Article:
Benefits of energy-efficient windows
- Smaller energy bills.
- Smaller carbon footprint.
- More comfortable home: energy-efficient glazing reduces heat loss through windows and means fewer draughts and cold spots.
- Peace and quiet: as well as keeping the heat in, energy efficient-windows insulate your home against external noise.
- Reduced condensation: energy-efficient glazing reduces condensation build-up on the inside of windows, however replacement windows will be more airtight than your original frames, so condensation may build up due to the reduced ventilation. If your house does not have much background ventilation, look for replacement windows with trickle vents incorporated into the frame to let in a controlled amount of air.
- More secure than single paned windows.
Diagram showing triple glazing.
What to look for
- Glass: The most energy-efficient type for double glazing is low emissivity (Low-E) glass. This often has an invisible coating of metal oxide, normally on one of the internal panes. This lets in light and short wave length infra-red energy, however reflects back the long wave length infra-red radiation generated by the interior furnishings.
- Gaps between the glass: Very efficient windows might use gases such as argon, xenon or krypton in the gap between the sheets of glass.
- Pane spacers: These are set around the inside edges to keep the two panes of glass apart. For maximum efficiency, look for pane spacers containing little or no metal – often known as ‘warm edge’ spacers.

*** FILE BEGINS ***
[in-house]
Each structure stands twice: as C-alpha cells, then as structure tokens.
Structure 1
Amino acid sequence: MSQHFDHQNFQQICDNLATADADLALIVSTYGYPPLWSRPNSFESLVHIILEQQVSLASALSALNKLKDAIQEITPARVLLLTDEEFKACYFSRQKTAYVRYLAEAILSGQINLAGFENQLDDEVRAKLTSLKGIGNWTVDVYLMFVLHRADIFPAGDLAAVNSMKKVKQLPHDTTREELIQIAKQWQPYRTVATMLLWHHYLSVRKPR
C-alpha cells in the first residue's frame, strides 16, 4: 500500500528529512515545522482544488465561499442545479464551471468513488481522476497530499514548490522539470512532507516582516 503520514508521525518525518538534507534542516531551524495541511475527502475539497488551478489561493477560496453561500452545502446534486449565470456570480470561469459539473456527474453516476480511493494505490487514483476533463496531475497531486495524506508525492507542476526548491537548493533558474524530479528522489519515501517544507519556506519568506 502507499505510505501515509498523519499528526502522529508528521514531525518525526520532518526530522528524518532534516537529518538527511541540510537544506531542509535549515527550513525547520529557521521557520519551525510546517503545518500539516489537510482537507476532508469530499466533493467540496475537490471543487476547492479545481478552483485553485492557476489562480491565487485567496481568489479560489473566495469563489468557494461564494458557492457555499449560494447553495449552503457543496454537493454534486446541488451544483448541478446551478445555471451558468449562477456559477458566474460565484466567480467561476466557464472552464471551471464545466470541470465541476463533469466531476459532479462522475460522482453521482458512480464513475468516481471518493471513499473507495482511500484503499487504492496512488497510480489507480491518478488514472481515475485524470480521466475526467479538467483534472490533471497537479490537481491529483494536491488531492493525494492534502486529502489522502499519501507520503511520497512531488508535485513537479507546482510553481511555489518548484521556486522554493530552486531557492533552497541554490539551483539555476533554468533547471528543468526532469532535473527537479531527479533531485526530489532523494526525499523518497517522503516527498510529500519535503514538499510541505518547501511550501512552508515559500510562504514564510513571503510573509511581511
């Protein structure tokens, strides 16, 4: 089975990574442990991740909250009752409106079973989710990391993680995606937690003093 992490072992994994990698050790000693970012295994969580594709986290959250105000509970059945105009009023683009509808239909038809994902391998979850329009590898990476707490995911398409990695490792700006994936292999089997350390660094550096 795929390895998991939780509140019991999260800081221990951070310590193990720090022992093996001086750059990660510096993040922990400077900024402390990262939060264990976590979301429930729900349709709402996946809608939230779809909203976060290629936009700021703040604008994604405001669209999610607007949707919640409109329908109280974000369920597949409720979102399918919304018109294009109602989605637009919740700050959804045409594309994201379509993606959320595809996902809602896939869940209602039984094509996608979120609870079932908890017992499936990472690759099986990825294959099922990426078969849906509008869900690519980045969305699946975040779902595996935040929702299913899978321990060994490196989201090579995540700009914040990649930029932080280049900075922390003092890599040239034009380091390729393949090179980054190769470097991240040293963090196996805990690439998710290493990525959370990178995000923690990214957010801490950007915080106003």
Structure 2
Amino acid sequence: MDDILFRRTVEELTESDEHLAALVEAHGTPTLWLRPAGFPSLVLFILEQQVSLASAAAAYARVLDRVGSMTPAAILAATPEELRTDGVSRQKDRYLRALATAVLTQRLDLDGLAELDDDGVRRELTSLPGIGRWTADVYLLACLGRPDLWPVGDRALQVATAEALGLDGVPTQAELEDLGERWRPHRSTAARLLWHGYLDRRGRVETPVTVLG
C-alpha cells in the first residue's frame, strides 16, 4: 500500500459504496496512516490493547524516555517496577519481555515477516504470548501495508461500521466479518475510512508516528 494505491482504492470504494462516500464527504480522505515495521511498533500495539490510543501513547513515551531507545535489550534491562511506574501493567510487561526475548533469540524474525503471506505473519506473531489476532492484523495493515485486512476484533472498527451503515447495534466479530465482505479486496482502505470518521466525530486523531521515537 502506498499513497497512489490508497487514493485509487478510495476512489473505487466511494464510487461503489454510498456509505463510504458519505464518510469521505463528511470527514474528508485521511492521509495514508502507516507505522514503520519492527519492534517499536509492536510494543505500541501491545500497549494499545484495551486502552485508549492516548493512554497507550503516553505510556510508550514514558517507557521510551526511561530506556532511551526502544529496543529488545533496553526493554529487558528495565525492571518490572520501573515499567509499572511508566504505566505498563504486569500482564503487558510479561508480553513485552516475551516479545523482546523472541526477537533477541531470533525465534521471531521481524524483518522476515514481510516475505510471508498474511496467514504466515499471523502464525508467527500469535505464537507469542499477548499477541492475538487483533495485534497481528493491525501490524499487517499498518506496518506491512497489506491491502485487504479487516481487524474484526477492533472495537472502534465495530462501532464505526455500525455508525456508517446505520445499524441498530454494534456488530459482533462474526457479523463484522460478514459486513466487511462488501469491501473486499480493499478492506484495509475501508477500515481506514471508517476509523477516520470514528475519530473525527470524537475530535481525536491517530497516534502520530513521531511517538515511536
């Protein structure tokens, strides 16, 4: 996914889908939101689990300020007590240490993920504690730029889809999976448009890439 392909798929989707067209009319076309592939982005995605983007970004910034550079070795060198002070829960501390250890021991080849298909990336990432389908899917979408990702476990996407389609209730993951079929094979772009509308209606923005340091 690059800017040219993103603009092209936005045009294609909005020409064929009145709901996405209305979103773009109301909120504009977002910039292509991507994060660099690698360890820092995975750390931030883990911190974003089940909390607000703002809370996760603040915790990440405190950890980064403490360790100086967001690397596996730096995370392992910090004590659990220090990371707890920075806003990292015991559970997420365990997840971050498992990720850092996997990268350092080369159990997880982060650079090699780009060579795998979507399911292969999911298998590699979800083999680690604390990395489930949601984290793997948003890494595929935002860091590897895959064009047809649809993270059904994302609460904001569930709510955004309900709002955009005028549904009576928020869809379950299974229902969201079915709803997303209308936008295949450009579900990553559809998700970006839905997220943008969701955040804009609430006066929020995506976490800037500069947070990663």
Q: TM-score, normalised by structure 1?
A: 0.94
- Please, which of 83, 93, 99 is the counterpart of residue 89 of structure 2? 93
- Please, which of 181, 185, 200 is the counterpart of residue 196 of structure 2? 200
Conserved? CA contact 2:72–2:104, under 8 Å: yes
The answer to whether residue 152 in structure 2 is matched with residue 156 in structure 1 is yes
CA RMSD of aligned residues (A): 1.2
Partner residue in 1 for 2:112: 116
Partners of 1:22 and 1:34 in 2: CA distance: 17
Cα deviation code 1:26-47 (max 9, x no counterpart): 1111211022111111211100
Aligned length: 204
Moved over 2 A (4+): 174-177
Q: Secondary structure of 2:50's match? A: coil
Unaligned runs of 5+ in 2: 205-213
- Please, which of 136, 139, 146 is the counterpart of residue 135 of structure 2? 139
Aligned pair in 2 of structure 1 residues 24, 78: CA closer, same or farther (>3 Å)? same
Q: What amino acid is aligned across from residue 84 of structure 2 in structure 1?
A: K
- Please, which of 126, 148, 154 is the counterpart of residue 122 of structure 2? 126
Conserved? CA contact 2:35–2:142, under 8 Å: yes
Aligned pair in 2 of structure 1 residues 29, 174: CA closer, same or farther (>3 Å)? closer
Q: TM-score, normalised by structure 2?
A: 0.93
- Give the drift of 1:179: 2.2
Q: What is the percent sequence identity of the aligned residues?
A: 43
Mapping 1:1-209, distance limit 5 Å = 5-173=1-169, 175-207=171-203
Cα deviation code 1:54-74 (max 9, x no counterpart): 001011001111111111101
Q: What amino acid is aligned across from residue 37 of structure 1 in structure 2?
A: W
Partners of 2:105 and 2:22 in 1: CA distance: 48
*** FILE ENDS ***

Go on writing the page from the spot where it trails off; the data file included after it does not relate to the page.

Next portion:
- Hermetically sealed double glazed units.
- uPVC frames last a long time and can be recycled.
- Wooden frames may have a lower environmental impact, but require maintenance. They are often used in conservation areas where the original windows had timber frames.
- Aluminium or steel frames are slim and long-lasting, and may be recycled.
- Composite frames have an inner timber frame covered with aluminium or plastic. This reduces the need for maintenance and keeps the frame weatherproof.
- U-Value (sometimes called a heat transfer coefficient) is used to measure how effective the elements of the window are at preventing heat from transferring between the inside and the outside of a building ie how much heat loss it allows. Materials that let out more heat have higher u-values. In some cases, windows with a higher energy performance rating might have a higher u-value than windows with a better energy efficiency rating. This might seem the wrong way round as lower u-values indicate better insulation levels. However, in these cases it will be that there are other aspects of the window that make them better overall such as coating used on the glass and the gap between the glass panes.
- Energy rating: Some window manufacturers show the energy efficiency of their products using an energy-rating scale from A to G. A being awarded to the most energy efficient windows. The whole window (the frame and the glass) is assessed on its efficiency at retaining heat. The scheme is run by the British Fenestration Rating Council (BFRC). Visit BFRC for more information.
Example of secondary glazing in front of sash window.